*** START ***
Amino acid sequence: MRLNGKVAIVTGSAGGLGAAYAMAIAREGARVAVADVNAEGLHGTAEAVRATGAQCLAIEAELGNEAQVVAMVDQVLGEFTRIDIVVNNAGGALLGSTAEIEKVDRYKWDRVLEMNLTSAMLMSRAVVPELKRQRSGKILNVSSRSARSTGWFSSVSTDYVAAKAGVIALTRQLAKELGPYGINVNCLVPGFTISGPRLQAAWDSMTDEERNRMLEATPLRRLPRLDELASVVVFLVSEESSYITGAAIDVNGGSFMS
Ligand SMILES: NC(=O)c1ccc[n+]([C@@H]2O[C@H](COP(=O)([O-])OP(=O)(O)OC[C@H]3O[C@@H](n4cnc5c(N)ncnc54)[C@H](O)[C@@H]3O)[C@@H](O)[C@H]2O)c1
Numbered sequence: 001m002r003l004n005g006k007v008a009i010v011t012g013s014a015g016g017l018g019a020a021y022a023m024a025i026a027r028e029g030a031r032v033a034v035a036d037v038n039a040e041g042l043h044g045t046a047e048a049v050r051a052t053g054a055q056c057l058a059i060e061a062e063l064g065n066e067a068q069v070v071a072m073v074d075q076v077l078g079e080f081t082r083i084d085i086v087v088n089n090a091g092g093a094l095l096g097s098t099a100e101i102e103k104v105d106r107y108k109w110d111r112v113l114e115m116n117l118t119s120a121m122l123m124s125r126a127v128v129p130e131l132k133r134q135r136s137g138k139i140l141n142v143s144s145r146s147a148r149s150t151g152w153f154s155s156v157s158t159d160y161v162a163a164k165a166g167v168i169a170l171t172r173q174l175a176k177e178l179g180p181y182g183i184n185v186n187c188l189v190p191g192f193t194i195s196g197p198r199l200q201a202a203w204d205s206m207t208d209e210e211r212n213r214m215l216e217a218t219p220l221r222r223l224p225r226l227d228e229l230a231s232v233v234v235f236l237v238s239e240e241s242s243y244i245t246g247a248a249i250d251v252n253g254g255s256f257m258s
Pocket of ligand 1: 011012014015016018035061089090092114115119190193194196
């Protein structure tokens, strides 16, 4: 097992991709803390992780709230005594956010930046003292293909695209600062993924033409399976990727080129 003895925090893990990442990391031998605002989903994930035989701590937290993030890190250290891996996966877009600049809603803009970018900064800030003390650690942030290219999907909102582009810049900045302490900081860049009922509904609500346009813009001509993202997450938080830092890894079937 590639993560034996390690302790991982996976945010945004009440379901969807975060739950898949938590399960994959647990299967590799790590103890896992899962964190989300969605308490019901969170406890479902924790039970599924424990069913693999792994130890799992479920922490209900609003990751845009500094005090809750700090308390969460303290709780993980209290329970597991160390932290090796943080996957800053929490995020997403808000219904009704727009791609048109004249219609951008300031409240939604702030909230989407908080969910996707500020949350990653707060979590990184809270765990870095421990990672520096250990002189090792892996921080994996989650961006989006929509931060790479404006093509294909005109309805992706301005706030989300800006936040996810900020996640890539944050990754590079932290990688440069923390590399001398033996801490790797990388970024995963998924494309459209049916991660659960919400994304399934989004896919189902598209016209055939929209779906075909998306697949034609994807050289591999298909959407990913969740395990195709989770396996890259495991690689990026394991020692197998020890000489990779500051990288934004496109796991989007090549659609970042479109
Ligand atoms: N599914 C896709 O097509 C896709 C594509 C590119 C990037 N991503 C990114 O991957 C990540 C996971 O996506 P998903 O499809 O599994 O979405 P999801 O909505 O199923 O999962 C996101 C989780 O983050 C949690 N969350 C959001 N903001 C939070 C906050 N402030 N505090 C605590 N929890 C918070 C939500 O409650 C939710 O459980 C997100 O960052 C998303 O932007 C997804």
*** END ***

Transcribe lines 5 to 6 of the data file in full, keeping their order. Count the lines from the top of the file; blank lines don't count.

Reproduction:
């Protein structure tokens, strides 16, 4: 097992991709803390992780709230005594956010930046003292293909695209600062993924033409399976990727080129 003895925090893990990442990391031998605002989903994930035989701590937290993030890190250290891996996966877009600049809603803009970018900064800030003390650690942030290219999907909102582009810049900045302490900081860049009922509904609500346009813009001509993202997450938080830092890894079937 590639993560034996390690302790991982996976945010945004009440379901969807975060739950898949938590399960994959647990299967590799790590103890896992899962964190989300969605308490019901969170406890479902924790039970599924424990069913693999792994130890799992479920922490209900609003990751845009500094005090809750700090308390969460303290709780993980209290329970597991160390932290090796943080996957800053929490995020997403808000219904009704727009791609048109004249219609951008300031409240939604702030909230989407908080969910996707500020949350990653707060979590990184809270765990870095421990990672520096250990002189090792892996921080994996989650961006989006929509931060790479404006093509294909005109309805992706301005706030989300800006936040996810900020996640890539944050990754590079932290990688440069923390590399001398033996801490790797990388970024995963998924494309459209049916991660659960919400994304399934989004896919189902598209016209055939929209779906075909998306697949034609994807050289591999298909959407990913969740395990195709989770396996890259495991690689990026394991020692197998020890000489990779500051990288934004496109796991989007090549659609970042479109
Ligand atoms: N599914 C896709 O097509 C896709 C594509 C590119 C990037 N991503 C990114 O991957 C990540 C996971 O996506 P998903 O499809 O599994 O979405 P999801 O909505 O199923 O999962 C996101 C989780 O983050 C949690 N969350 C959001 N903001 C939070 C906050 N402030 N505090 C605590 N929890 C918070 C939500 O409650 C939710 O459980 C997100 O960052 C998303 O932007 C997804």